Brassavola

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Brassavola
Brassavola-flagellaris.jpg
Brassavola flagellaris
Scientific classification
Kingdom: Plantae
(unranked): Angiosperms
(unranked): Monocots
Order: Asparagales
Family: Orchidaceae
Subfamily: Epidendroideae
Tribe: Epidendreae
Subtribe: Laeliinae
Alliance: Cattleya
Genus: Brassavola
R.Br., 1813
Type species
B. cucullata
(L.) R.Br. in W.T.Aiton
Synonyms[1]

Brassavola is a genus of 21 orchids (family Orchidaceae). They were named in 1813 by the Scottish botanist Robert Brown. The name comes from the Venetian nobleman and physician Antonio Musa Brassavola. This genus is abbreviated B. in trade journals.

These species are widespread across Mexico, Central America, the West Indies and South America.[1] They are epiphytes, and a few are lithophytes. A single, apical and succulent leaf grows on an elongated pseudobulb.

The orchid yields a single white or greenish white flower, or a raceme of a few flowers. The three sepals and two lateral petals are greenish, narrow and long. The base of the broad, sometimes fringed lip partially enfolds the column. This column has a pair of falciform ears on each side of the front and contains twelve (sometimes eight) pollinia.

Most Brassavola orchids are very fragrant, attracting pollinators with their citrusy smell. But they are only fragrant at night, in order to attract the right moth. Longevity of flowers depends on the species and is between five and thirty days.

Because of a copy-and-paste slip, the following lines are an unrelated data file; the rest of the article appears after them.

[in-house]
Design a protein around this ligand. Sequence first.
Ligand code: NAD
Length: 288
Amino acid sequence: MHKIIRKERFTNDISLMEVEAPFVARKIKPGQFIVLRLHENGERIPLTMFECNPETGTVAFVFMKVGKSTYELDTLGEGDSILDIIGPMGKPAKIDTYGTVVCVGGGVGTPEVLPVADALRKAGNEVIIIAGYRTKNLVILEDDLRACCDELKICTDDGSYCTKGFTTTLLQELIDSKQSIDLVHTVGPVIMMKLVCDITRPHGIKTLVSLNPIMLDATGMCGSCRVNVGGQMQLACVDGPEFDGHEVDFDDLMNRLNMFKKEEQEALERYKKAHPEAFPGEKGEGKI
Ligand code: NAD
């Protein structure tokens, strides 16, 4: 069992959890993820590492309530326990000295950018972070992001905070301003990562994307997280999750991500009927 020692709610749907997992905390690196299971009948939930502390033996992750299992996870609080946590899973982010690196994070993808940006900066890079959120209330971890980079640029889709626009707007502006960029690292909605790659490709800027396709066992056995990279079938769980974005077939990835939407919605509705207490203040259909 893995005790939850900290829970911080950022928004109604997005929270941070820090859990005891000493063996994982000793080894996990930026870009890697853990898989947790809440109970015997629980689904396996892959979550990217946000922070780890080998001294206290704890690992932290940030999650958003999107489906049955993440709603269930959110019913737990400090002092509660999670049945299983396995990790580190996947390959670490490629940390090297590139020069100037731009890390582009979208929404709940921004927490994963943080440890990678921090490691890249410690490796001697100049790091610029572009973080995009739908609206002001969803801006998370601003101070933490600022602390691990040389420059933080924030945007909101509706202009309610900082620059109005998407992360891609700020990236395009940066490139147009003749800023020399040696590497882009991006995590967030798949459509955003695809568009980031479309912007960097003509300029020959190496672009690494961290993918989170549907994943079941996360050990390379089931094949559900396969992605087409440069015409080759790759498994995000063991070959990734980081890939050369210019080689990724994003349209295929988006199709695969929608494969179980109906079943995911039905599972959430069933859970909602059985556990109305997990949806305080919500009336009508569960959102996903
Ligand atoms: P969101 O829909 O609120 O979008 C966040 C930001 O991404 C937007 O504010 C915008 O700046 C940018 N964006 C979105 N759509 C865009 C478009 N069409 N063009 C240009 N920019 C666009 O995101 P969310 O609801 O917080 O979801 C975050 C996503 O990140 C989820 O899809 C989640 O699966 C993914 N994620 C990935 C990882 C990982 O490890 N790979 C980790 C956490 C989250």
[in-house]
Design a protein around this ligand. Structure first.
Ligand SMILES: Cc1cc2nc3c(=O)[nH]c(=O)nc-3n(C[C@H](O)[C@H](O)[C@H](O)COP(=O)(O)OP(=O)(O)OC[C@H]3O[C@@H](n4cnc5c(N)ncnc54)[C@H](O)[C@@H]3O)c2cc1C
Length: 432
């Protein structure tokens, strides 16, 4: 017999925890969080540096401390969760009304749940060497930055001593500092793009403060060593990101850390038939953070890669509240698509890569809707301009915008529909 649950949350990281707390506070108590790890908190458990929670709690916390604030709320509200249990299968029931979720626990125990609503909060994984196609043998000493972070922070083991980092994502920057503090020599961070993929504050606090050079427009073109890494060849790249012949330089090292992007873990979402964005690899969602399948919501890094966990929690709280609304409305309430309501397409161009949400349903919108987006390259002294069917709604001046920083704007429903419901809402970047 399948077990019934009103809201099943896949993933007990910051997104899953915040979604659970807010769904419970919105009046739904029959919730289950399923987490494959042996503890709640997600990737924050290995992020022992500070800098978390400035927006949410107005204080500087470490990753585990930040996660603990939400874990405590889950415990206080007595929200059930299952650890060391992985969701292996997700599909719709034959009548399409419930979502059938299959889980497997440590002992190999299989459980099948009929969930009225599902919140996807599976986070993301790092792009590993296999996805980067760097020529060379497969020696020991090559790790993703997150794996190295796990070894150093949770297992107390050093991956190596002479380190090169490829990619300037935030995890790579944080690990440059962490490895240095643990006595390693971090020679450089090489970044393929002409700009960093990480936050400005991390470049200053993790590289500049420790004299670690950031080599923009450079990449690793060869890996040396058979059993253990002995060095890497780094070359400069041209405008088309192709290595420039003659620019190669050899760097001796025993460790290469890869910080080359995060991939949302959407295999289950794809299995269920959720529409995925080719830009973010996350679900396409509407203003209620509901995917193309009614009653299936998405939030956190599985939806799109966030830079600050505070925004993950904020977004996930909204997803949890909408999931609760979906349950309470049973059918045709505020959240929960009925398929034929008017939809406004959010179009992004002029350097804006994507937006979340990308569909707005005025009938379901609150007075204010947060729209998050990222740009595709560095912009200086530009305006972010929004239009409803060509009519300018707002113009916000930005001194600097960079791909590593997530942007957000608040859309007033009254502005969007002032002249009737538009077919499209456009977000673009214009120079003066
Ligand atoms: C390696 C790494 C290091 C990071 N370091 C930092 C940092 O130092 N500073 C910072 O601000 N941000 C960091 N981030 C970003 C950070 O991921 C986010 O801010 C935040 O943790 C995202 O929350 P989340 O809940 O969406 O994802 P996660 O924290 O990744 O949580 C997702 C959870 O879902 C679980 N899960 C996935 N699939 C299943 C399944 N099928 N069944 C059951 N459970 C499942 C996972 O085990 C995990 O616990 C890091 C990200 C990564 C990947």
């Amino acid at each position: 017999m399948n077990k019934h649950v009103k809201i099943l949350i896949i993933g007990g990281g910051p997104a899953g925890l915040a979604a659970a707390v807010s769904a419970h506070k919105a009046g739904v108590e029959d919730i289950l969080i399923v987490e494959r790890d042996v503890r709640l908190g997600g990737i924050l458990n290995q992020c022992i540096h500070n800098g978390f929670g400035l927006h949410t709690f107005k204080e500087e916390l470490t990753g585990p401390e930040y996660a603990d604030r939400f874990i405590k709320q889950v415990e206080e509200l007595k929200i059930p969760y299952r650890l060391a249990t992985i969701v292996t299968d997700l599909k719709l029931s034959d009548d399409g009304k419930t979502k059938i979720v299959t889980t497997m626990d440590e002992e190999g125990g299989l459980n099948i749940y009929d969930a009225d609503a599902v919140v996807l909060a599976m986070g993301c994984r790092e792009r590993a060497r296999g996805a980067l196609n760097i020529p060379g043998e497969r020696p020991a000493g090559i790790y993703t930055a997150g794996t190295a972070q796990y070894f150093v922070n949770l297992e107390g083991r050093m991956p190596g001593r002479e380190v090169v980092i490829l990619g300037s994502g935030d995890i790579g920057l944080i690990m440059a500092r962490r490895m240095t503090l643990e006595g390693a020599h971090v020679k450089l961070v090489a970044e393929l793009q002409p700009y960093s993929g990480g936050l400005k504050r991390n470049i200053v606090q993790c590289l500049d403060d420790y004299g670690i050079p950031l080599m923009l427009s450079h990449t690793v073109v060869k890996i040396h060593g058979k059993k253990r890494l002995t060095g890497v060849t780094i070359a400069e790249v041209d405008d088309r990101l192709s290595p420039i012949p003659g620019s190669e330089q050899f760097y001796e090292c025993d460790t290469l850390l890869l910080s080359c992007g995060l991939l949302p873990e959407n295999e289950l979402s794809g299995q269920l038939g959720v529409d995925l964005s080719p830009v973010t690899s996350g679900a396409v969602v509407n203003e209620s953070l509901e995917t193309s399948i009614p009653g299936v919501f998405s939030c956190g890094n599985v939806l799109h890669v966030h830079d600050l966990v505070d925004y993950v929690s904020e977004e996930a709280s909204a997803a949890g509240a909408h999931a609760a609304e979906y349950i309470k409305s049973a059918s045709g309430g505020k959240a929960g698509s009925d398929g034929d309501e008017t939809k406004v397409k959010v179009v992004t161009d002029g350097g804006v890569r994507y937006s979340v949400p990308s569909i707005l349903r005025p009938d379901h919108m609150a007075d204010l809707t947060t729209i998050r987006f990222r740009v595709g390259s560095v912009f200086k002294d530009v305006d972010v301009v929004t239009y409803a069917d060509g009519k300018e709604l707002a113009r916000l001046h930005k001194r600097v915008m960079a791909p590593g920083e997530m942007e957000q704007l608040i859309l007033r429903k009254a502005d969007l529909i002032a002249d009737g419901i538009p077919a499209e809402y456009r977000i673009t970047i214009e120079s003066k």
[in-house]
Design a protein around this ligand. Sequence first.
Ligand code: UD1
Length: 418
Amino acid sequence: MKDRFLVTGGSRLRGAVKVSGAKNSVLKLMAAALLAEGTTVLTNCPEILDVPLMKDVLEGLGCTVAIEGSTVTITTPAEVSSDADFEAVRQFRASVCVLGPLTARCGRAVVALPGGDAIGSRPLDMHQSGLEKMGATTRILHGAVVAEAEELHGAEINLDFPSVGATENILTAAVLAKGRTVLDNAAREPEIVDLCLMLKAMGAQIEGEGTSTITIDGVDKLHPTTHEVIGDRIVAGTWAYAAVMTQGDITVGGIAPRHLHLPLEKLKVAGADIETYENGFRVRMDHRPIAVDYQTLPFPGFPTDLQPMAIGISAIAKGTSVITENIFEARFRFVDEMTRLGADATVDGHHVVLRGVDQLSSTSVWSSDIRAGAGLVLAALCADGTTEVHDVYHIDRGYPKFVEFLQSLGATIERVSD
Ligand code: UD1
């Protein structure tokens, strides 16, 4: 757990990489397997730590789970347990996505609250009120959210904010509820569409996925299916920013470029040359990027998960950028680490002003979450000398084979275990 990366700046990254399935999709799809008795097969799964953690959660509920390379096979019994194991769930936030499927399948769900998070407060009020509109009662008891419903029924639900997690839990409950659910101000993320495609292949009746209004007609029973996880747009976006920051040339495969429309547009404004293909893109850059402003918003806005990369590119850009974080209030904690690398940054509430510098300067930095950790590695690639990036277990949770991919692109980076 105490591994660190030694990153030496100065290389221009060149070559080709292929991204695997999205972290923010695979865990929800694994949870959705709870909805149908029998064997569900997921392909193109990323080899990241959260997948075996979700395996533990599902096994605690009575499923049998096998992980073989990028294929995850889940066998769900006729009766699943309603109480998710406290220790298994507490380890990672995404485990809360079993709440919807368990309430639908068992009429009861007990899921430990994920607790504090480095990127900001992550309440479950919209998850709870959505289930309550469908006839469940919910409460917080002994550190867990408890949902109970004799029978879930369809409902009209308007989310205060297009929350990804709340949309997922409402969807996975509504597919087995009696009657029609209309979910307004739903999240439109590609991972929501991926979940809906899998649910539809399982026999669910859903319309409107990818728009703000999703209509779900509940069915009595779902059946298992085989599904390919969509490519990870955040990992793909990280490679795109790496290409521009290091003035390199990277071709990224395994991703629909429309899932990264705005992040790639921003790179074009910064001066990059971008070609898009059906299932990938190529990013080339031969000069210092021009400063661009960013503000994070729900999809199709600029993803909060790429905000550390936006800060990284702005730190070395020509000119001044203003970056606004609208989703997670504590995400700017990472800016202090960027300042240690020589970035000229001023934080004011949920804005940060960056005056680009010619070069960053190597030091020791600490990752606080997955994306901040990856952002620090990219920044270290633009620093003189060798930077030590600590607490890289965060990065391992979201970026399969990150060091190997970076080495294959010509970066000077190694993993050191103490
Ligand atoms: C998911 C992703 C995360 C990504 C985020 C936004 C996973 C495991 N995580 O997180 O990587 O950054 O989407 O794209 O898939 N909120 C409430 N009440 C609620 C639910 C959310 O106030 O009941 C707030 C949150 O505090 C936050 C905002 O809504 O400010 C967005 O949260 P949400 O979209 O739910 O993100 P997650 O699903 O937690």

In 1698 Brassavola nodosa was the first tropical orchid to be brought from the Caribbean island Curaçao to Holland. Thus began the propagation of this orchid and the fascination for orchids in general.

Lady-of-the-night Orchid
Brassavola nodosa

Taxonomy[edit]

The species of Brassavola have been divided into four sections:[2]

B. sect. Brassavola[edit]

This monotypic section, erected by H. G. Jones in 1969, contains the type of the genus:

B. sect. Sessilabia[edit]

This section, erected by Rolfe in 1902, is characterized by narrow labella with fimbriate margins to wider labella with entire margins.

B. sect. Cuneilabia[edit]

This section, erected by Rolfe in 1902, is characterized by narrowly constricted labellum bases. The sectional type is B. nodosa

B. sect. Lateraliflorae[edit]

This section, erected by H.G.Jones in 1975, is characterized by laterally-borne inflorescences. The sectional type is B. acaulis

Other species[edit]

Other species accepted as of May 2014[1] but of unknown section:

  • B. angustata (Trinidad-Tobago, Guyana, Venezuela, Suriname, Roraima)
  • B. ceboletta (Brazil, Bolivia, Argentina, Peru, Paraguay)

Some Hybrid Greges[edit]

Brassavola is in the same alliance as the genera Cattleya and Laelia. They have been used extensively in hybridization and represent the B at the beginning of the names of such crosses. For example, Blc. is Brassolaeliacattleya.

Footnotes[edit]

  1. ^ a b c Kew World Checklist of Selected Plant Families
  2. ^ H. G. Jones: "Nomenclatural revision o the genus Brassavola R. Br. of the Orchidaceae" Ann. Naturhistor. Mus. Wien" 79(1975)9—22

External links[edit]